Fourth, the price tag associated with technical diving can grow in comparison to the prices seen in recreational diving. The experience provided by instructors, boat operators, shop owners, and even other divers will make the expenditures less painful. However, if the diver develops a passion for technical diving, then the cost is justified.

Finally, technical diving skills open up a whole new world for divers. The diver can go places and see things that other divers may not have the knowledge or capability to safely see. Hidden wrecks, deeper marine life, and unique underwater formations become available for technical divers. In certain cases and with proper training, technical divers may even be able to explore places that others have never ventured. “Deep” is a factor related to technical diving, but only part of the overall experience.

Technical divers maintain a certain pride factor within their personalities. They have taken a step that few others choose to take, and for this reason, they enjoy the adventure of deeper technical dives. They also enjoy using complex planning and specified gas mixes to get to these deeper depths. Rather than just enjoying the marine life, diving becomes a complex adventure that demands close attention to detail, extensive planning, and thorough training. If the journey is positive from start to finish, the diver will get the complete experience. This “experience” is what keeps divers wet and encourages them to move forward within the world of scuba.


– Dr. Thomas W. Powell, Owner/Instructor Trainer – Air Hogs Scuba, Garner, NC

How to Stay Out of Deco for Deep Dives

by Dr. Thomas Powell:

deep diver by reef

photo credit: Ray Bullion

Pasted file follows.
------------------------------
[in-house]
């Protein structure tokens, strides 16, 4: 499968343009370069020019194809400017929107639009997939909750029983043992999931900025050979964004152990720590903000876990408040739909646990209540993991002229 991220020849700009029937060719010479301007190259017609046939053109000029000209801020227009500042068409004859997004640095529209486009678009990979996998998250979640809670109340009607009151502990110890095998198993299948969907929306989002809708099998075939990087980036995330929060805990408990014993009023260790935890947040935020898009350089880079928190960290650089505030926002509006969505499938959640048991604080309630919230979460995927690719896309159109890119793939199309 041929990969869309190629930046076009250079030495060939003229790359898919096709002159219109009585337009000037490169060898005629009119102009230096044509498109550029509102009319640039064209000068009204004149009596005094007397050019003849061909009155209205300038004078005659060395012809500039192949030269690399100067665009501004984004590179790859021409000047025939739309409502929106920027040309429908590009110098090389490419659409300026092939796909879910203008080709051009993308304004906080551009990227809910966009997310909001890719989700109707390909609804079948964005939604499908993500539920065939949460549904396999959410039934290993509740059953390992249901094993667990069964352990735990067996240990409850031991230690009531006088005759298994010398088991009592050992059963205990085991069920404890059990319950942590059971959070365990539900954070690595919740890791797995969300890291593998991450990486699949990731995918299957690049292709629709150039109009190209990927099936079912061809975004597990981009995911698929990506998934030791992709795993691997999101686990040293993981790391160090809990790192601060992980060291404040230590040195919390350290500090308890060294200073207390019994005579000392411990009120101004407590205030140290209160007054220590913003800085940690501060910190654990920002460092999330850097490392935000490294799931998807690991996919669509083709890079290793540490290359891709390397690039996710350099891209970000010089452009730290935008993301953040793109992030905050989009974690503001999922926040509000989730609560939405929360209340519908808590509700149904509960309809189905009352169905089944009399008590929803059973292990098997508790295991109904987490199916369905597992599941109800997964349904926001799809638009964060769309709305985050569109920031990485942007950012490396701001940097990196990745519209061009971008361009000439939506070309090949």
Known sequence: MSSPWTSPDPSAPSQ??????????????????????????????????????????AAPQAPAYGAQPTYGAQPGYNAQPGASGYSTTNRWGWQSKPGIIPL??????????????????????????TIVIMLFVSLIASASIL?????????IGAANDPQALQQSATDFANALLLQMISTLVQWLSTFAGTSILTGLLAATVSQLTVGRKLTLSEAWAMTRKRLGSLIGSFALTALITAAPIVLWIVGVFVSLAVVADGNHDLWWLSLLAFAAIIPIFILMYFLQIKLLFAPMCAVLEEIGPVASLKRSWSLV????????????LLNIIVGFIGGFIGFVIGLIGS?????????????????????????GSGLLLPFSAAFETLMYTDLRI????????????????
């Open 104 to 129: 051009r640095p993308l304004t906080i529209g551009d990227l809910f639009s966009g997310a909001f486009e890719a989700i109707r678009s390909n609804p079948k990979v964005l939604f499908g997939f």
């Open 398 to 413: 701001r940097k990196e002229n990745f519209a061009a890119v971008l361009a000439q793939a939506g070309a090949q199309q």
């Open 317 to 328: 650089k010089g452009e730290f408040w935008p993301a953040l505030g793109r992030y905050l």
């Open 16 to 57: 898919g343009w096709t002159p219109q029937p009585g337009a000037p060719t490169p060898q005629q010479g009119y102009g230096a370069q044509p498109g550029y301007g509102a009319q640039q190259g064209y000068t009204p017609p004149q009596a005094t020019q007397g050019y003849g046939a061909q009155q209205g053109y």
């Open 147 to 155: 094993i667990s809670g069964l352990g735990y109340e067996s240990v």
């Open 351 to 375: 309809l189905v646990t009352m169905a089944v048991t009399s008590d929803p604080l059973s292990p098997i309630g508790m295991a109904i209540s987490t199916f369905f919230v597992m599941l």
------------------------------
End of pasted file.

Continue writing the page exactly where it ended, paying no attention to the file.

Diving is a unique sport that can capture the hearts and interests of people of all sorts. For many, the urge to go further, learn more, and in some cases go deeper, will keep divers in the water. The problem with this mindset is, some people may push too hard, or go too far out of excitement or even bravado. These factors suggest that any and all recreational divers, at any level, must remember that one of our biggest objectives is to avoid decompression requirements unless we plan for them. Venturing beyond your no decompression limit (NDL) is a risk that any diver faces if he or she does not monitor their instruments and the overall situation.

To avoid this potential life-threatening problem of passing your NDL, there are various actions a diver can take.

Learn your computer! – Almost every computer today comes with bells, whistles, and alarms to let a diver know when a problem has occurred, or when the diver is approaching a problematic scenario. There is no excuse for any diver failing to learn the proper use of his or her computer. The computer is an essential item required for all SDI/TDI/ERDI divers. When lights flash or numbers change, the diver needs to know what this information means. Learning to properly read your computer and react to what it says, will help a diver get wet the next day. Similarly, the computer will track time as the diver approaches his or her NDL. This easily recognizable data can allow a diver to avoid crossing that threshold and going into a scenario requiring decompression.